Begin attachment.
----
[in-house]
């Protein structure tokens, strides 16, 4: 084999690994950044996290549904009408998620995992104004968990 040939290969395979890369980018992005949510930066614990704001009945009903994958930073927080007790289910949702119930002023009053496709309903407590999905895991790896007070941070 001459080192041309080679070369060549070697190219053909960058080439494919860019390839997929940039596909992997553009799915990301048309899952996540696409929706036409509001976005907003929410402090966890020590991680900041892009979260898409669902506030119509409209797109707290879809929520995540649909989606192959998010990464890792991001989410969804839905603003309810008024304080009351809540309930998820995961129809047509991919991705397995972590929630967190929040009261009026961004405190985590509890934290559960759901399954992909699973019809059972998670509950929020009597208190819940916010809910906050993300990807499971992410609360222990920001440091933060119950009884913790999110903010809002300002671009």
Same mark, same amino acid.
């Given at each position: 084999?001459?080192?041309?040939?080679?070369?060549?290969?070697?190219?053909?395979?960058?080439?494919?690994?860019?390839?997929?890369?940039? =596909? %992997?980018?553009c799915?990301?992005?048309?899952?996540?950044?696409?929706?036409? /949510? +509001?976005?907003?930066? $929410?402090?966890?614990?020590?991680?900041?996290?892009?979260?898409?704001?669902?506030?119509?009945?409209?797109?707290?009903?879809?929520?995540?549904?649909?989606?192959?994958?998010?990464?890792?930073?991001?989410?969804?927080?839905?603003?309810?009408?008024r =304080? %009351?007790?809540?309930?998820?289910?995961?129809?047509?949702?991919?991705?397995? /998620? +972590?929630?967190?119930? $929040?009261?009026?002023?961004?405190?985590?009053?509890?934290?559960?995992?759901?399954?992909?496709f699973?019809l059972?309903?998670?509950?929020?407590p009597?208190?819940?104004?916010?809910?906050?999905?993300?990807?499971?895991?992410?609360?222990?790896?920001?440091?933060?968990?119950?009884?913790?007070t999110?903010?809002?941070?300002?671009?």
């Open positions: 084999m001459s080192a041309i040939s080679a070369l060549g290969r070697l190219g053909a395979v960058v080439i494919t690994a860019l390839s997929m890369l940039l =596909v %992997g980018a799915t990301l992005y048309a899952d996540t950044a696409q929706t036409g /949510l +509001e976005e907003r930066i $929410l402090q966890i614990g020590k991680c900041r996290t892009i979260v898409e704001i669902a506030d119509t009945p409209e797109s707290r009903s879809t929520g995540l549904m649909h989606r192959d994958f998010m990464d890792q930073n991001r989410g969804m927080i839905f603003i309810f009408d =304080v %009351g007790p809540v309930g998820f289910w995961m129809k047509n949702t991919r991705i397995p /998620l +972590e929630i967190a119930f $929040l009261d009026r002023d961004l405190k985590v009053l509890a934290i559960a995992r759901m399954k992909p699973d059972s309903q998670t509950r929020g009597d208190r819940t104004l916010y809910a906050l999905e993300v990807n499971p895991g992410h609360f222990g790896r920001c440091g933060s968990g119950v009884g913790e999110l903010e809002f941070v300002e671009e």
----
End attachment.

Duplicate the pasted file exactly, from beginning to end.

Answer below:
[in-house]
């Protein structure tokens, strides 16, 4: 084999690994950044996290549904009408998620995992104004968990 040939290969395979890369980018992005949510930066614990704001009945009903994958930073927080007790289910949702119930002023009053496709309903407590999905895991790896007070941070 001459080192041309080679070369060549070697190219053909960058080439494919860019390839997929940039596909992997553009799915990301048309899952996540696409929706036409509001976005907003929410402090966890020590991680900041892009979260898409669902506030119509409209797109707290879809929520995540649909989606192959998010990464890792991001989410969804839905603003309810008024304080009351809540309930998820995961129809047509991919991705397995972590929630967190929040009261009026961004405190985590509890934290559960759901399954992909699973019809059972998670509950929020009597208190819940916010809910906050993300990807499971992410609360222990920001440091933060119950009884913790999110903010809002300002671009």
Same mark, same amino acid.
């Given at each position: 084999?001459?080192?041309?040939?080679?070369?060549?290969?070697?190219?053909?395979?960058?080439?494919?690994?860019?390839?997929?890369?940039? =596909? %992997?980018?553009c799915?990301?992005?048309?899952?996540?950044?696409?929706?036409? /949510? +509001?976005?907003?930066? $929410?402090?966890?614990?020590?991680?900041?996290?892009?979260?898409?704001?669902?506030?119509?009945?409209?797109?707290?009903?879809?929520?995540?549904?649909?989606?192959?994958?998010?990464?890792?930073?991001?989410?969804?927080?839905?603003?309810?009408?008024r =304080? %009351?007790?809540?309930?998820?289910?995961?129809?047509?949702?991919?991705?397995? /998620? +972590?929630?967190?119930? $929040?009261?009026?002023?961004?405190?985590?009053?509890?934290?559960?995992?759901?399954?992909?496709f699973?019809l059972?309903?998670?509950?929020?407590p009597?208190?819940?104004?916010?809910?906050?999905?993300?990807?499971?895991?992410?609360?222990?790896?920001?440091?933060?968990?119950?009884?913790?007070t999110?903010?809002?941070?300002?671009?």
């Open positions: 084999m001459s080192a041309i040939s080679a070369l060549g290969r070697l190219g053909a395979v960058v080439i494919t690994a860019l390839s997929m890369l940039l =596909v %992997g980018a799915t990301l992005y048309a899952d996540t950044a696409q929706t036409g /949510l +509001e976005e907003r930066i $929410l402090q966890i614990g020590k991680c900041r996290t892009i979260v898409e704001i669902a506030d119509t009945p409209e797109s707290r009903s879809t929520g995540l549904m649909h989606r192959d994958f998010m990464d890792q930073n991001r989410g969804m927080i839905f603003i309810f009408d =304080v %009351g007790p809540v309930g998820f289910w995961m129809k047509n949702t991919r991705i397995p /998620l +972590e929630i967190a119930f $929040l009261d009026r002023d961004l405190k985590v009053l509890a934290i559960a995992r759901m399954k992909p699973d059972s309903q998670t509950r929020g009597d208190r819940t104004l916010y809910a906050l999905e993300v990807n499971p895991g992410h609360f222990g790896r920001c440091g933060s968990g119950v009884g913790e999110l903010e809002f941070v300002e671009e």